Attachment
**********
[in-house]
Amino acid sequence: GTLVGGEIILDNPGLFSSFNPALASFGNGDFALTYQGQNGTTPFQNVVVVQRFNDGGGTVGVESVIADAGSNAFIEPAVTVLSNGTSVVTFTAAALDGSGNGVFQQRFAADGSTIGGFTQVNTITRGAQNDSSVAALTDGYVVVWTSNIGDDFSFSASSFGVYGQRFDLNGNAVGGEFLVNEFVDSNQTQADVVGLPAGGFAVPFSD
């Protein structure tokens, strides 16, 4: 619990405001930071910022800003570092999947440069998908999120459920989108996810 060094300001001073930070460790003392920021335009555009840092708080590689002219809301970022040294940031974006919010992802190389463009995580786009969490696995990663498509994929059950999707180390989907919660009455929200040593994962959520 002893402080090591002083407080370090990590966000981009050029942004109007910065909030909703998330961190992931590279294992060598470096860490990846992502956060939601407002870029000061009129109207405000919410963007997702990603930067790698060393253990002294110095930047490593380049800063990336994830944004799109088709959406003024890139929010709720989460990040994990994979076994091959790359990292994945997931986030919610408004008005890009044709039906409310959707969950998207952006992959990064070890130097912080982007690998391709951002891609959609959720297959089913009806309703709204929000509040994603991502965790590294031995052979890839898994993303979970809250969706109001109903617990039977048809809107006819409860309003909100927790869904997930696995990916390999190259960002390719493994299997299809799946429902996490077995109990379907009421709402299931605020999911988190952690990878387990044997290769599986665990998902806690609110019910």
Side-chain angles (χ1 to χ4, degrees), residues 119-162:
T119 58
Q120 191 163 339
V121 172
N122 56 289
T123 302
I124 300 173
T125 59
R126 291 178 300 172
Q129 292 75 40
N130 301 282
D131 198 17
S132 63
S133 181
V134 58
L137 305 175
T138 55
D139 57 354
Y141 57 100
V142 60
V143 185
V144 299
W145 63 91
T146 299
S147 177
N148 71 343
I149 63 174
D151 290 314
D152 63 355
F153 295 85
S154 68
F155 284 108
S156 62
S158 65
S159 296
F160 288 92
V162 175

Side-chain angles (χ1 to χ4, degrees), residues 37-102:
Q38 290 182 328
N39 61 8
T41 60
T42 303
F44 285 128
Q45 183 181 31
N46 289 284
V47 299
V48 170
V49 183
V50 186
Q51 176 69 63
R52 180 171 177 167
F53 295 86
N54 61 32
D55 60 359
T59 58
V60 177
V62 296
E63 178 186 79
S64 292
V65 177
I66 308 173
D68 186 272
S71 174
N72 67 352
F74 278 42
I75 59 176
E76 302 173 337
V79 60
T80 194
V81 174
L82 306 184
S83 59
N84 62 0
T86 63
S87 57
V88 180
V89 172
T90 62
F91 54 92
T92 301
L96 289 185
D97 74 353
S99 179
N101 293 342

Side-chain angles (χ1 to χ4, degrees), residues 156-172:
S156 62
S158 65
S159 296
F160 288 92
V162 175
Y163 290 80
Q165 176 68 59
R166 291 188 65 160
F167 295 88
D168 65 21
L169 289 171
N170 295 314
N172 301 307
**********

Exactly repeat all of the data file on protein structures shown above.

[in-house]
Amino acid sequence: GTLVGGEIILDNPGLFSSFNPALASFGNGDFALTYQGQNGTTPFQNVVVVQRFNDGGGTVGVESVIADAGSNAFIEPAVTVLSNGTSVVTFTAAALDGSGNGVFQQRFAADGSTIGGFTQVNTITRGAQNDSSVAALTDGYVVVWTSNIGDDFSFSASSFGVYGQRFDLNGNAVGGEFLVNEFVDSNQTQADVVGLPAGGFAVPFSD
């Protein structure tokens, strides 16, 4: 619990405001930071910022800003570092999947440069998908999120459920989108996810 060094300001001073930070460790003392920021335009555009840092708080590689002219809301970022040294940031974006919010992802190389463009995580786009969490696995990663498509994929059950999707180390989907919660009455929200040593994962959520 002893402080090591002083407080370090990590966000981009050029942004109007910065909030909703998330961190992931590279294992060598470096860490990846992502956060939601407002870029000061009129109207405000919410963007997702990603930067790698060393253990002294110095930047490593380049800063990336994830944004799109088709959406003024890139929010709720989460990040994990994979076994091959790359990292994945997931986030919610408004008005890009044709039906409310959707969950998207952006992959990064070890130097912080982007690998391709951002891609959609959720297959089913009806309703709204929000509040994603991502965790590294031995052979890839898994993303979970809250969706109001109903617990039977048809809107006819409860309003909100927790869904997930696995990916390999190259960002390719493994299997299809799946429902996490077995109990379907009421709402299931605020999911988190952690990878387990044997290769599986665990998902806690609110019910």
Side-chain angles (χ1 to χ4, degrees), residues 119-162:
T119 58
Q120 191 163 339
V121 172
N122 56 289
T123 302
I124 300 173
T125 59
R126 291 178 300 172
Q129 292 75 40
N130 301 282
D131 198 17
S132 63
S133 181
V134 58
L137 305 175
T138 55
D139 57 354
Y141 57 100
V142 60
V143 185
V144 299
W145 63 91
T146 299
S147 177
N148 71 343
I149 63 174
D151 290 314
D152 63 355
F153 295 85
S154 68
F155 284 108
S156 62
S158 65
S159 296
F160 288 92
V162 175

Side-chain angles (χ1 to χ4, degrees), residues 37-102:
Q38 290 182 328
N39 61 8
T41 60
T42 303
F44 285 128
Q45 183 181 31
N46 289 284
V47 299
V48 170
V49 183
V50 186
Q51 176 69 63
R52 180 171 177 167
F53 295 86
N54 61 32
D55 60 359
T59 58
V60 177
V62 296
E63 178 186 79
S64 292
V65 177
I66 308 173
D68 186 272
S71 174
N72 67 352
F74 278 42
I75 59 176
E76 302 173 337
V79 60
T80 194
V81 174
L82 306 184
S83 59
N84 62 0
T86 63
S87 57
V88 180
V89 172
T90 62
F91 54 92
T92 301
L96 289 185
D97 74 353
S99 179
N101 293 342

Side-chain angles (χ1 to χ4, degrees), residues 156-172:
S156 62
S158 65
S159 296
F160 288 92
V162 175
Y163 290 80
Q165 176 68 59
R166 291 188 65 160
F167 295 88
D168 65 21
L169 289 171
N170 295 314
N172 301 307